- 5 contact hours including seminars, workshops and tutorials
- intensive independent study
- 50% continuous assessment
- 50% by two-hour examination.
For more details about each module, including weekly contact hours, teaching methods and assessment, please see the latest module catalogue, which is for the 2016–2017 academic year; some elements may be subject to change for 2017 entry.
All students taking a Money, Banking and Finance MSc must take three compulsory modules in the first semester. These are:
- Money and Banking: the economics of money, banking and financial markets
- Financial Econometrics: the theory and practice of financial econometrics
- International Finance: key issues in international macroeconomics and finance including analysing models of exchange rate determination.
In the second semester, students take two compulsory modules and are able to choose one optional module from a selection of topics. The compulsory modules are:
- Monetary Policy: key issues of monetary policy
- Financial Intermediation: the main theoretical issues involved in banking.
In your second semester, you will have the opportunity to choose one module from a selection of topics. The topics, and therefore module titles, vary year on year as they reflect research interests of our staff (see the University’s position on curriculum development. Examples currently include:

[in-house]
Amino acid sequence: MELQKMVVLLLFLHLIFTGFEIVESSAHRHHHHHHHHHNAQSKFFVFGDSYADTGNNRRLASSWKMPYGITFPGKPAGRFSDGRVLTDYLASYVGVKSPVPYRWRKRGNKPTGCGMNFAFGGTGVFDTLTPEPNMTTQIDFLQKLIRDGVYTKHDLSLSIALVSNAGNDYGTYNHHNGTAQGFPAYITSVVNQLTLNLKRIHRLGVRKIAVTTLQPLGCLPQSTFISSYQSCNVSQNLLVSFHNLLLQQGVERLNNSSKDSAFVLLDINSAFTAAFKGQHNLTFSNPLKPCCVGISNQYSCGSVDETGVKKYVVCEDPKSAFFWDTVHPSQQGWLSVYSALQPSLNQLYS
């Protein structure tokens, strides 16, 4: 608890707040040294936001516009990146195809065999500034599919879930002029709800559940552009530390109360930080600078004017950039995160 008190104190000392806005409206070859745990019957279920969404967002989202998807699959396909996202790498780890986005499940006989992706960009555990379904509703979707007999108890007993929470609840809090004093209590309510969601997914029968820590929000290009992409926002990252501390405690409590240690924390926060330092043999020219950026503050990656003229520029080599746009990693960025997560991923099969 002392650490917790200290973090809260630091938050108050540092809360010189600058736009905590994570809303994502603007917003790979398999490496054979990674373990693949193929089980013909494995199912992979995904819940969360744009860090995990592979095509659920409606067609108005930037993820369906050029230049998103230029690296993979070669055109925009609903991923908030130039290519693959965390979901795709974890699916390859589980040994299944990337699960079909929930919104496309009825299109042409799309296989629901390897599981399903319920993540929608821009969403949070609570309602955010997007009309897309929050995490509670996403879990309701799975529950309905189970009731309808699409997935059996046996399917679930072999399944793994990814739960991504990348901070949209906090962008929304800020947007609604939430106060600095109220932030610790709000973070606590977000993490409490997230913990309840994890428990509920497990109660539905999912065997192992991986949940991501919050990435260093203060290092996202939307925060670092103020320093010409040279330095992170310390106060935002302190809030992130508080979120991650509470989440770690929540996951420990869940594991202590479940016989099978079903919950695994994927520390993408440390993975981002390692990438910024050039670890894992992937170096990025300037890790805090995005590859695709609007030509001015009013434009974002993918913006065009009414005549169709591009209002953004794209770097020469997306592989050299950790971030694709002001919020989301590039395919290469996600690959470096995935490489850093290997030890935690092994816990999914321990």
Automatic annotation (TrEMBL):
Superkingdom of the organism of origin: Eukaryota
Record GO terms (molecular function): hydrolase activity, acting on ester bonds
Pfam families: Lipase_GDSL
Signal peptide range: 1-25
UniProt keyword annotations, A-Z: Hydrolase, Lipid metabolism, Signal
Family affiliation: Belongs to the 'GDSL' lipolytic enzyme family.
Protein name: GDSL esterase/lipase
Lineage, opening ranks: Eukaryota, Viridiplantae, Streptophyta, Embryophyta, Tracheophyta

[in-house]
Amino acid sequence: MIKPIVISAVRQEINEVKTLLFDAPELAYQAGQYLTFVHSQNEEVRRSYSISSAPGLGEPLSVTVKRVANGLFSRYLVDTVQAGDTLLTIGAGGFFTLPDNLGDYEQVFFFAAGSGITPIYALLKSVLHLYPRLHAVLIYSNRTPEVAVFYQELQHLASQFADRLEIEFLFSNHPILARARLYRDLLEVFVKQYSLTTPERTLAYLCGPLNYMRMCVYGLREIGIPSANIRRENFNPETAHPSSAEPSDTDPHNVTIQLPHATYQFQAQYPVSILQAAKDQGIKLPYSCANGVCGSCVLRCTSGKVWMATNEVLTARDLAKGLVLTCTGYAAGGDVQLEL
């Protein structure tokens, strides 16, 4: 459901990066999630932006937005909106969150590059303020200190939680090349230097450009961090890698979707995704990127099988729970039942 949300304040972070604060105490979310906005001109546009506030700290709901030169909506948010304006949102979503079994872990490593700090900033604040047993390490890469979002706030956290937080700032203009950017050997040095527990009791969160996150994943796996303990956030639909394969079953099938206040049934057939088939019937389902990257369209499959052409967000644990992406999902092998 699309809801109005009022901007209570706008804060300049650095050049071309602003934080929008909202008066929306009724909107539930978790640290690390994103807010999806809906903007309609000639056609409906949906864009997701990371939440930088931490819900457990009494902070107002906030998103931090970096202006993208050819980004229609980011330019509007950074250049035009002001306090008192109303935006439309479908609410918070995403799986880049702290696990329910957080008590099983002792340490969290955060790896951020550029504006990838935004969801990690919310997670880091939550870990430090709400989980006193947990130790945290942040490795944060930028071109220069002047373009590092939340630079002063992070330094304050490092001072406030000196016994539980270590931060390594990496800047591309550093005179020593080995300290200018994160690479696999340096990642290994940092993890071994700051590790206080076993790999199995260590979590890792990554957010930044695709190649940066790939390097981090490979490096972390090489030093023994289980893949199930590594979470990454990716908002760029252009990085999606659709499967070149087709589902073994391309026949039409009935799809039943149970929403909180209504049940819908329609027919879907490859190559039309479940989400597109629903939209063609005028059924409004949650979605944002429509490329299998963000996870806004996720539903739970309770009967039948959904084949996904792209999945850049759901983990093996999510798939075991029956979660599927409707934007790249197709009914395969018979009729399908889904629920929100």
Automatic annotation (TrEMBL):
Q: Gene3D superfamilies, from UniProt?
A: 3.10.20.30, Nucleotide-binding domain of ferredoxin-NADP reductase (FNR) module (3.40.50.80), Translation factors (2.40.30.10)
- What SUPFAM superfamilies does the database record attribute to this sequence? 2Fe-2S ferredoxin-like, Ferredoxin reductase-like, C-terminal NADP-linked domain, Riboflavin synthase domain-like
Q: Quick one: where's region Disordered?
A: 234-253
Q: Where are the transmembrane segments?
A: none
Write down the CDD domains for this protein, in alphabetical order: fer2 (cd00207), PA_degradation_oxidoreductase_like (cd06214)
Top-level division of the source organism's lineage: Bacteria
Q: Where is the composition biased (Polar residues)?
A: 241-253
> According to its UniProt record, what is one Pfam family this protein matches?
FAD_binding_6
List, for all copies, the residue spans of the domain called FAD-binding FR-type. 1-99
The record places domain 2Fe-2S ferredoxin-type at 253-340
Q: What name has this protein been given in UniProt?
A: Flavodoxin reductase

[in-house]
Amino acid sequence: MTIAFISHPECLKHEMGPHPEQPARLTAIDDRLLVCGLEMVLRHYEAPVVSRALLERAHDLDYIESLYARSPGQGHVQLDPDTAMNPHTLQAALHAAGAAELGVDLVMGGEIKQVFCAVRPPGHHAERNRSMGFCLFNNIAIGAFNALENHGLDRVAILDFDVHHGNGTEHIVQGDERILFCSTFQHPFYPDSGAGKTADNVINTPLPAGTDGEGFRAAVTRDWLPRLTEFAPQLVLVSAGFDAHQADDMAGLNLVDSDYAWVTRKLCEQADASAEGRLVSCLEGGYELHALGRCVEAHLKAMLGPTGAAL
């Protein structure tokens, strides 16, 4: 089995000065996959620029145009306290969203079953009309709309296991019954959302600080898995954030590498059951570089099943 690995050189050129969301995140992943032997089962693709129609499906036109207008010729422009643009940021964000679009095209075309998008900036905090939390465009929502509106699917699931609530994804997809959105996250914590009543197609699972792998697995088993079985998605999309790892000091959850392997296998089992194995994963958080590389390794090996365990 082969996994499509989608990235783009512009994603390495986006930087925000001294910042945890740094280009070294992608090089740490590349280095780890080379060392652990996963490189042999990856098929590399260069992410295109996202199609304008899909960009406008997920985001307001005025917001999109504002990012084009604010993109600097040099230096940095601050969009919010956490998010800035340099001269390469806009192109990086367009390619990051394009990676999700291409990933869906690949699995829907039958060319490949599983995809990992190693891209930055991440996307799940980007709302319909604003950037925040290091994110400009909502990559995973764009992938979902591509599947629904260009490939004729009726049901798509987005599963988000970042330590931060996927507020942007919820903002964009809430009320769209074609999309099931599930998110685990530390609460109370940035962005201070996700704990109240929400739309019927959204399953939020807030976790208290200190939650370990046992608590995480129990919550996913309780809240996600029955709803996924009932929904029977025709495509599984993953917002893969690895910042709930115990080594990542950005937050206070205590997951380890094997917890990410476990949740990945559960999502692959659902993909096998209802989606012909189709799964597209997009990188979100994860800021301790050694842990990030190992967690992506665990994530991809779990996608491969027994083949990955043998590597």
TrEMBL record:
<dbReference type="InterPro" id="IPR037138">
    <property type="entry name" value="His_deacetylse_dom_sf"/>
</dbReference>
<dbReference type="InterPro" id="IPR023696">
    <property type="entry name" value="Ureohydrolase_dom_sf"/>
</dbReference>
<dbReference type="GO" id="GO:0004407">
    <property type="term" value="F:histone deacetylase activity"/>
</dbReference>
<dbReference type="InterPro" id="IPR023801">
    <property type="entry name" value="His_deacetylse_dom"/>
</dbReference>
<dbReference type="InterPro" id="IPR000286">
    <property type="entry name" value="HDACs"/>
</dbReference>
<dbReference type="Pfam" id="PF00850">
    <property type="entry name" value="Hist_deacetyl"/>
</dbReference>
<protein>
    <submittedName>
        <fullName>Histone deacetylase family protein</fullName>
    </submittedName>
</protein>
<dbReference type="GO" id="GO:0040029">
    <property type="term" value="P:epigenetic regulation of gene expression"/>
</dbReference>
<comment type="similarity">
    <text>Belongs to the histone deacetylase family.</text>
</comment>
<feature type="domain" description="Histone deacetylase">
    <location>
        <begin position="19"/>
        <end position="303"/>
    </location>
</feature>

- Corporate Governance and Risk: investigation of the problem of how a collection of corporate liabilities are affected in value by corporate actions
- Mergers and Acquisitions
- Portfolio Theory and Management
- Risk Management: standard techniques in risk and insurance.
Students may take optional modules from the Economics MSc programme with the prior permission of the programme director.
The modules listed ran in the academic year 2016–2017 and are indicative of this course. There is no guarantee that these modules will run for 2017 entry. Take a look at the most up-to-date modules in the module catalogue.
The final element of the MSc is a 15,000 word dissertation. The dissertation should be on an area of money, banking and finance that you are interested in, chosen either from a list of topics or developed with your supervisor who will support you through the process.
There are several funding options for postgraduate students.
After the MSc
Career destinations for Money, Banking and Finance graduates include:
- commercial and central banking
- investment banking
- financial management
- accounting and finance
- actuarial science
- corporate trading
- venture capital
- private equity
- corporate finance
- economic, industrial and management consultancy.
Admission to the University of St Andrews is governed by our Admissions policy.
As a research intensive institution, the University ensures that its teaching references the research interests of its staff, which may change from time to time. As a result, programmes are regularly reviewed with the aim of enhancing students' learning experience. Our approach to course revision is described online. (PDF, 72 KB).
The University will clarify compulsory fees and charges it requires any student to pay at the time of offer. The offer will also clarify conditions for any variation of fees. The University’s approach to fee setting is described online. (PDF, 84 KB).